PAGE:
It comes as no surprise to me that I find myself in a steakhouse once again.

We step into the spacious lobby of Miller and Carter with two doorways leading to the bar and the restaurant. Inside, the dimmed lights, oak interiors and burgundy walls create a warm and inviting space. We tread the soft black and red patterned carpet and are shown to our table in a spacious booth. I lean back into the leather sofa and look at the menu before ordering a prime steak burger stacked high with bacon and blue cheese.

I relax and slowly sip a large glass of Malbec; its smooth depth goes perfectly with red meat. I remind my husband that until the late eighties this building housed the city’s public library, and how intrigued I am by its history.

My imagination takes flight as I visualise bookcases packed with a zillion amazing hardbacks amidst the columns, people sitting at antique desks opening up huge encyclopaedias and children under the arches in the story corner sitting cross-legged engrossed in picture books.

After my burger I go upstairs to the ladies via a grand staircase and notice a huge stained glass window of Andrew Carnegie. He is standing on a podium under an arch and wearing an academic gown, holding the building in his hand.

I want to know more and when I Google it, discover that St Albans library was one of over 2,500 Carnegie libraries that were built all over the world between 1883 and 1929.

This once wonderful library housed in this Edwardian baroque building dated from 1911. Carnegie’s grants were very formidable and setting up so many libraries was at the time one of the largest philanthropic activities in history.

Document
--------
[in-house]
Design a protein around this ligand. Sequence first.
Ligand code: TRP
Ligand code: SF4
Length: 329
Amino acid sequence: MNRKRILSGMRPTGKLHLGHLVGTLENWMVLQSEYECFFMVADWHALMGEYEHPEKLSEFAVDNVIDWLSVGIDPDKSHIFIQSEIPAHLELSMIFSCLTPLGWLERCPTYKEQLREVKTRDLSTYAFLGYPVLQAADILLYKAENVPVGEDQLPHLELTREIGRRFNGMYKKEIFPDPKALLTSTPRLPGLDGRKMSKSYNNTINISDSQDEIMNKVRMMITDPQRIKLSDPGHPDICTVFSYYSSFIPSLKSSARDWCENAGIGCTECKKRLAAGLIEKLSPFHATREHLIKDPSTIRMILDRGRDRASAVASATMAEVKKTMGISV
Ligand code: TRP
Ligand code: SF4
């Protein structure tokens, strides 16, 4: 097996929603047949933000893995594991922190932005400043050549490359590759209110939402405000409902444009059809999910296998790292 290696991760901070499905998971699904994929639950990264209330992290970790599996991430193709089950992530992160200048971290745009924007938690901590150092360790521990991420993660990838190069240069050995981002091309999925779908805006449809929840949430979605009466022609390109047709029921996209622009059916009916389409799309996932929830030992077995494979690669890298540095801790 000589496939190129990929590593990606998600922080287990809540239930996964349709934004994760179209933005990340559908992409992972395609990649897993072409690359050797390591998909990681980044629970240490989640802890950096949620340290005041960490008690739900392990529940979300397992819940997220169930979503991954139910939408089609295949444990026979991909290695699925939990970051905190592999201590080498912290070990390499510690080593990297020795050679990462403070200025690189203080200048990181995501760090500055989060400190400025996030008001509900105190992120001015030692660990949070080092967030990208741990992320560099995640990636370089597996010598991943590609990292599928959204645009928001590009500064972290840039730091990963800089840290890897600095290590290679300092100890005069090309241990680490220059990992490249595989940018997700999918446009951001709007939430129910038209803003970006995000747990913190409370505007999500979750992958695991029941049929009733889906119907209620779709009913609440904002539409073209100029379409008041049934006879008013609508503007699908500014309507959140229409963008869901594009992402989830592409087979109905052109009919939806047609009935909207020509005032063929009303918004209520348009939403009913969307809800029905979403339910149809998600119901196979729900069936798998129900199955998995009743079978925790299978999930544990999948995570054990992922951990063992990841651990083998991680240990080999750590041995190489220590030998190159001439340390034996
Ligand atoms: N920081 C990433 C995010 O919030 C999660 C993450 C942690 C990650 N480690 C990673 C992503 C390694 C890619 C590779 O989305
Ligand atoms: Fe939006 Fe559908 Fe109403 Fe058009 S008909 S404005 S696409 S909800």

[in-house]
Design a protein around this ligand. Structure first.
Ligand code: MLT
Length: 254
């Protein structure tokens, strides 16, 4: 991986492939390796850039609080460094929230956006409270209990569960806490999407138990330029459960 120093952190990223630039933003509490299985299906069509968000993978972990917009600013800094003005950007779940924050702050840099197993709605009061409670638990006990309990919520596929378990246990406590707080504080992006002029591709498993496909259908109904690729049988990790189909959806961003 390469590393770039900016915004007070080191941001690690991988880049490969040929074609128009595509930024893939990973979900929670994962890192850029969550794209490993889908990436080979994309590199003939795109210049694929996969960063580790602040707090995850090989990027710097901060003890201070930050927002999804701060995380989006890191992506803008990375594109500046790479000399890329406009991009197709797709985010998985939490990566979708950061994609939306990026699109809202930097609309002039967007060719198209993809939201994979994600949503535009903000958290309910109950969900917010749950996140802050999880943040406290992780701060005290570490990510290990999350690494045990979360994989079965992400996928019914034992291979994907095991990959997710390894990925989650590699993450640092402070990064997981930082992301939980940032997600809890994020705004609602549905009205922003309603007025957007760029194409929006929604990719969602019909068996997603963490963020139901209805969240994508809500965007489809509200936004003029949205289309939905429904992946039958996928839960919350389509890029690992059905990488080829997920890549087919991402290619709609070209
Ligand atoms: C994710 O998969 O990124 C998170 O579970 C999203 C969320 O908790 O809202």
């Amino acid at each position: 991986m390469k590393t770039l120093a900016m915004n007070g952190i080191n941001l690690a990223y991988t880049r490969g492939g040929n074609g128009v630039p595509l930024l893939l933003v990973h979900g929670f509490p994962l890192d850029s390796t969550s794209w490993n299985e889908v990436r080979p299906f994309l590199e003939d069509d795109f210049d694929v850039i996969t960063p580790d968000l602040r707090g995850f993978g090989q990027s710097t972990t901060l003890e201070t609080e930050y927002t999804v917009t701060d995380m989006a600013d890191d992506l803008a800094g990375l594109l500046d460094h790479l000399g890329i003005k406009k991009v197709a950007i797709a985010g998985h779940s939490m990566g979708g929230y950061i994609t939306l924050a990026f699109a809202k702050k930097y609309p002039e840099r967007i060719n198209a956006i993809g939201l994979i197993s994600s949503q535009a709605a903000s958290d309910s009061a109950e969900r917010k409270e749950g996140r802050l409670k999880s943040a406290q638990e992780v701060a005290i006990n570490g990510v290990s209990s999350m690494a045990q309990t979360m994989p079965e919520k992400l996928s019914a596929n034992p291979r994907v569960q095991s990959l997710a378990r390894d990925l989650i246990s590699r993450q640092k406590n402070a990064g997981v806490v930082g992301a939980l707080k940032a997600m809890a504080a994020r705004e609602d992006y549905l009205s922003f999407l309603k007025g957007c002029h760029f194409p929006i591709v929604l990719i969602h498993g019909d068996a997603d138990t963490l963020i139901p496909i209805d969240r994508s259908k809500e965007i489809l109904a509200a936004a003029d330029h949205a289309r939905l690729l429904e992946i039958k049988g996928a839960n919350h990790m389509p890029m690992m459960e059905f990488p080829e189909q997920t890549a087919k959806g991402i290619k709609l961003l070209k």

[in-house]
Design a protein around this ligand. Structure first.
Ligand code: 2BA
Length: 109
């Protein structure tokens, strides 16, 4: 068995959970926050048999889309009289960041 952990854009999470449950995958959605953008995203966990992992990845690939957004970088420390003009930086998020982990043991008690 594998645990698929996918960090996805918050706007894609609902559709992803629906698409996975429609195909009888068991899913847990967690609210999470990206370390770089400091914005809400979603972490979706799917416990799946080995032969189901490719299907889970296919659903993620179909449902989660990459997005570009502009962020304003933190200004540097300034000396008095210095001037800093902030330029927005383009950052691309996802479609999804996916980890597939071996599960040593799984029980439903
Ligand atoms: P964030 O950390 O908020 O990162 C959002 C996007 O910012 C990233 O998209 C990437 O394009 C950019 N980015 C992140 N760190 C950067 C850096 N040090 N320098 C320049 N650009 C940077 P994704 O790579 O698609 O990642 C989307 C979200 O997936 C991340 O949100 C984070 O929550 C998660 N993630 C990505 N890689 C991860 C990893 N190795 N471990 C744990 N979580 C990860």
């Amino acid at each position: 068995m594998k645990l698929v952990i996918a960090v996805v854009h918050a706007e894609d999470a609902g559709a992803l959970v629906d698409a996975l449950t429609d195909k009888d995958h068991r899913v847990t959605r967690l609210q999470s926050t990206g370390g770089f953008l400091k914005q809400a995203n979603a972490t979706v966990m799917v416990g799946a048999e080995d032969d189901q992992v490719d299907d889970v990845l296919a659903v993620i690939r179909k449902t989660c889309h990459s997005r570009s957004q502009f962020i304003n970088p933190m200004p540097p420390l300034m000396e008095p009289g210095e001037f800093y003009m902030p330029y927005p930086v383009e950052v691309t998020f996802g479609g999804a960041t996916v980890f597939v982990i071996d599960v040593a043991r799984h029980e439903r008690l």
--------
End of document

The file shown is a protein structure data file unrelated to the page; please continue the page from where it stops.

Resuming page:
Born in Scotland in 1835, Carnegie immigrated to the US at the age of 12. Carnegie went on to become a great American industrialist and one of the richest men on earth having built a vast fortune in steel.

When I think of all of those thousands of communities all over the globe that have hugely benefitted from his generosity, I am humbled by his vision.

These days, people drop in here for a steak and a beer. Of course, if I had my way I would restore this place to its former glory. In that stained glass image, he was offering us an incredible gift and perhaps we could have shown our gratitude by preserving its function far into the future. After all, in the words of Carnegie himself: “A library outranks any other one thing a community can do to benefit its people. It is a never failing spring in the desert.”

Marisa Laycock moved from south west London to St Albans in 2000. She enjoys sharing her experiences of living in the city.